Global Challenges, Sustainability and the Politics of Heritage
22 July 2020, 10:00 am–1:30 pm
The AHRC Heritage Priority Area team will organise a half-day virtual event on heritage and sustainability on 22 July as part of their follow-on-funding dedicated to opening New Pathways to Impact across Heritage Research, Policy and Practice.
This event is free.
Dr Hana Morel
Despite the unparalleled global disruptions and grief, we hope to persevere with our aim to foster dialogues between policy makers, heritage professionals and heritage research communities to increase awareness of the role the Arts and Humanities can play in policy and decision-making.
As you know, the social and political changes needed for sustainability are complex and entangled alongside a new salience in research and its potential role towards decision-making. While certainly there is a push to improve our understanding of how to approach, understand and manage the Anthropocene, core challenges for the arts and humanities continue through discussion, debate and governance. This half-day Conference hopes to contribute to the impressive energy and commitment of individuals, institutions and governments that continues despite current awkward social arrangements, by exploring the relationships between global challenges, specific and far-reaching understandings of sustainability, and their relationships with heritage.
The areas we are focusing specifically on are:
- What are the opportunities and challenges of the sustainability concept and how can heritage research contribute towards understanding it further?
- How can heritage research help inform evidence-based policies related to sustainable development challenges, such as issues of social justice, instability, and legacies between nations and peoples?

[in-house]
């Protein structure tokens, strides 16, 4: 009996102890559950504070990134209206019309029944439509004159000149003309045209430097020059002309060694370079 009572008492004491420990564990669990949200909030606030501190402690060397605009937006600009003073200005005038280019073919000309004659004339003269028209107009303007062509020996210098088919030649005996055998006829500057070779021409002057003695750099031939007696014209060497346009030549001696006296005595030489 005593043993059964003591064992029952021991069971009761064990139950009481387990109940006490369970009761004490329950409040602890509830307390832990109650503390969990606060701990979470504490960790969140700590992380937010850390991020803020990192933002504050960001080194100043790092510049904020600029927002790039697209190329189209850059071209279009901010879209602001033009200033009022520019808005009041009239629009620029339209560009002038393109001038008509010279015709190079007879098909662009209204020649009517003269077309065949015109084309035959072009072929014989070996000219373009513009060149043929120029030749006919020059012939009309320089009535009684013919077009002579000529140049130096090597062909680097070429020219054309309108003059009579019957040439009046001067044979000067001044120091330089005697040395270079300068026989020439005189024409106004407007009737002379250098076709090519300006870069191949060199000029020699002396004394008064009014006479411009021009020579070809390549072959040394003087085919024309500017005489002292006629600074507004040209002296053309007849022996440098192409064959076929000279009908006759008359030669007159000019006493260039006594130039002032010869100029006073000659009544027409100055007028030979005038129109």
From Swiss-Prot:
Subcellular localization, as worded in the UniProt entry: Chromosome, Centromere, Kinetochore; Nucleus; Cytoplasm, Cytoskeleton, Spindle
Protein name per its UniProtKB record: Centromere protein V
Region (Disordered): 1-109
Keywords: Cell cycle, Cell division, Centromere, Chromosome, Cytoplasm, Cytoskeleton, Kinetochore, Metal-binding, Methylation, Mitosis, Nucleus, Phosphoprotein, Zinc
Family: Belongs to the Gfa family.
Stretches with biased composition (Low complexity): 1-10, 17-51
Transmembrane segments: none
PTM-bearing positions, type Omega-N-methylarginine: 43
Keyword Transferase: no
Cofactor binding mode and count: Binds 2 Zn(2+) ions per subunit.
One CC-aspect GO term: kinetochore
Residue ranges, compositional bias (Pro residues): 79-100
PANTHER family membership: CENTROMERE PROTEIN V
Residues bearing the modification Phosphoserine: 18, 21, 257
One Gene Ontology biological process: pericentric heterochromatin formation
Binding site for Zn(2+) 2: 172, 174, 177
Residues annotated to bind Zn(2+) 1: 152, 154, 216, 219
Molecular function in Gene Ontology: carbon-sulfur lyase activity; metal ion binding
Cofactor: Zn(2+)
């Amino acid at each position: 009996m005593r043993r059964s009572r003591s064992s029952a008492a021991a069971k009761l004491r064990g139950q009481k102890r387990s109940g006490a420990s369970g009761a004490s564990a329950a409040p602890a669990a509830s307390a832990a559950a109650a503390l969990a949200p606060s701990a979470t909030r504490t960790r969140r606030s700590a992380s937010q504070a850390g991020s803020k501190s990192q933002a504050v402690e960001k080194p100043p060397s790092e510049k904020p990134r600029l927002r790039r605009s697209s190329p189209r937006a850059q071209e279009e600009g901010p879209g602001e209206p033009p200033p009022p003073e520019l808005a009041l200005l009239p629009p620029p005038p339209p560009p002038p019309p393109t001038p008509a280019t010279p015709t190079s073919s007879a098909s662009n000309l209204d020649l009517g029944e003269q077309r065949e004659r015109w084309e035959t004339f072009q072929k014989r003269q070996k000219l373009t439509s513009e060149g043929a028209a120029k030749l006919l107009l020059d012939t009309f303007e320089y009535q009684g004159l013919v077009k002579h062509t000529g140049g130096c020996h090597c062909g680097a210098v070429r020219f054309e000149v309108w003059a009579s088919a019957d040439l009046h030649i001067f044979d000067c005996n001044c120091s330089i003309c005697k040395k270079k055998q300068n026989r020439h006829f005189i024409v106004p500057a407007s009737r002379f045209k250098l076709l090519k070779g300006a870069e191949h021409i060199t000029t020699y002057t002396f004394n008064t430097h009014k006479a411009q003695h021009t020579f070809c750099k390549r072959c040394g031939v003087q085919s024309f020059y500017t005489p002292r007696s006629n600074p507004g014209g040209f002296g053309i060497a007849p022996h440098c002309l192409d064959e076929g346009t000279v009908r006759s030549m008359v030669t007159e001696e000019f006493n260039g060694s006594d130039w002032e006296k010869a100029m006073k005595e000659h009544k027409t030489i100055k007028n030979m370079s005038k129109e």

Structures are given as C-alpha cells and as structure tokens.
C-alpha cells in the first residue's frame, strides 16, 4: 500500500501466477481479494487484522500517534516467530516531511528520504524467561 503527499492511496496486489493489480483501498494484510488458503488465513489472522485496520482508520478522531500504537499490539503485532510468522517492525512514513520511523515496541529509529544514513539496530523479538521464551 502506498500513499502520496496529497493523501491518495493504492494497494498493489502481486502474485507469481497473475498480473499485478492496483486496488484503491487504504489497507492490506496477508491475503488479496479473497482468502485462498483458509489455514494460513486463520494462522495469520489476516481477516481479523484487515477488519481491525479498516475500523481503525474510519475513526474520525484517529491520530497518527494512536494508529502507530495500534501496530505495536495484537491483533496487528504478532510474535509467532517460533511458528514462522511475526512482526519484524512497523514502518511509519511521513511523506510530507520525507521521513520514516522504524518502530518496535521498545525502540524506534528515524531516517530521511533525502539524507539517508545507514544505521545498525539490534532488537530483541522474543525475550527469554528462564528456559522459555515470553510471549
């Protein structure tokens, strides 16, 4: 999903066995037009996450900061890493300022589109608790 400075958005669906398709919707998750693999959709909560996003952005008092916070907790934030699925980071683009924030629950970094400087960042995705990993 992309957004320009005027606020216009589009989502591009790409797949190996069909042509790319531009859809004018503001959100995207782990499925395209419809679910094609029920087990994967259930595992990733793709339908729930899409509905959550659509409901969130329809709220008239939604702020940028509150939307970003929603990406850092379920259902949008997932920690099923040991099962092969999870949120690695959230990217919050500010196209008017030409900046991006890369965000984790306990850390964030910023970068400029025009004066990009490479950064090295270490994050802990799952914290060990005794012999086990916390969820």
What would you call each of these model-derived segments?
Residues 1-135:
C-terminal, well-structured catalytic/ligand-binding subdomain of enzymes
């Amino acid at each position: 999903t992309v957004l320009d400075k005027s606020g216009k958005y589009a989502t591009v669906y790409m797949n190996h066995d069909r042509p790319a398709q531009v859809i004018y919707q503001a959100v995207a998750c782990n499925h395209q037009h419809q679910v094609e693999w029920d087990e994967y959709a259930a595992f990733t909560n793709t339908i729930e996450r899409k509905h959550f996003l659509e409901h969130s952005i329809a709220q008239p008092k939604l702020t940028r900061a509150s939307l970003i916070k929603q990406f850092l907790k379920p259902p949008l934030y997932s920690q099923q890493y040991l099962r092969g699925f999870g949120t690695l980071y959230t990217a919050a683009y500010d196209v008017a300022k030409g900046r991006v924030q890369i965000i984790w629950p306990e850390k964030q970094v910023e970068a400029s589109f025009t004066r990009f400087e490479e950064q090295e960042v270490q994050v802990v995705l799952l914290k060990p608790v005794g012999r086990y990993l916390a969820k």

- Can heritage research help ensure successful implementation towards achieving sustainable development (e.g. through ensuring programmes understand and work within local contexts)?
- How can heritage research support effective frameworks of government, or support the political will to transform research and innovation into sustainable long-term practices?
- 10:00: Welcome
- 10:05: Can heritage research help ensure successful implementation towards achieving sustainable development?
- 10:20: How can heritage research help inform evidence-based policies related to sustainable development challenges?
- 10:45: Panel: How can heritage research support effective frameworks of government, or support the political will to transform research and innovation into sustainable long-term practices?
- 11:40: Heritage-Sustainability: developing methodology
- 12:20: Panel: Effective utilisation of sustainability and heritage studies: assessing societal benefit and economic value, the role of stakeholders, and the future development of environmental/sustainability/heritage regulation
- 13:15: What can heritage research contribute towards understanding sustainability further?
Confirmed speakers include:
- Adala Leeson, Head of Social and Economic Analysis and Evaluation, Historic England
- Alison Heritage, Project Manager, ICCROM
- Beth Perry, Professorial Research Fellow, University of Sheffield
- Gameli Kodzo Tordzro, Research Associate, University of Glasgow
- Hana Morel, Research Associate, UCL
- Harman Saggar, Head Economists for Arts, Heritage and Tourism, DCMS
- Jack Philips, Economic Advisor, DCMS
- Kalliopi Fouseki, Programme Director/Senior Lecturer for Sustainable Heritage, UCL
- Kelsea Sellars, Policy Researcher, Ubele
- Krystyna Swiderska, Principal Researcher, iied
- Michael Stubbs, Land Use and Planning Advisor, National Trust
- Sara Turnbull, Founder/Director, WorkWild
The AHRC Heritage Priority Area team – led by Rodney Harrison at the UCL Institute of Archaeology– works with the Arts and Humanities Research Council (AHRC), the heritage research community, and heritage partner organisations, to draw together and stimulate the development of a wide range of research across the arts and humanities that make an important contribution to understanding heritage.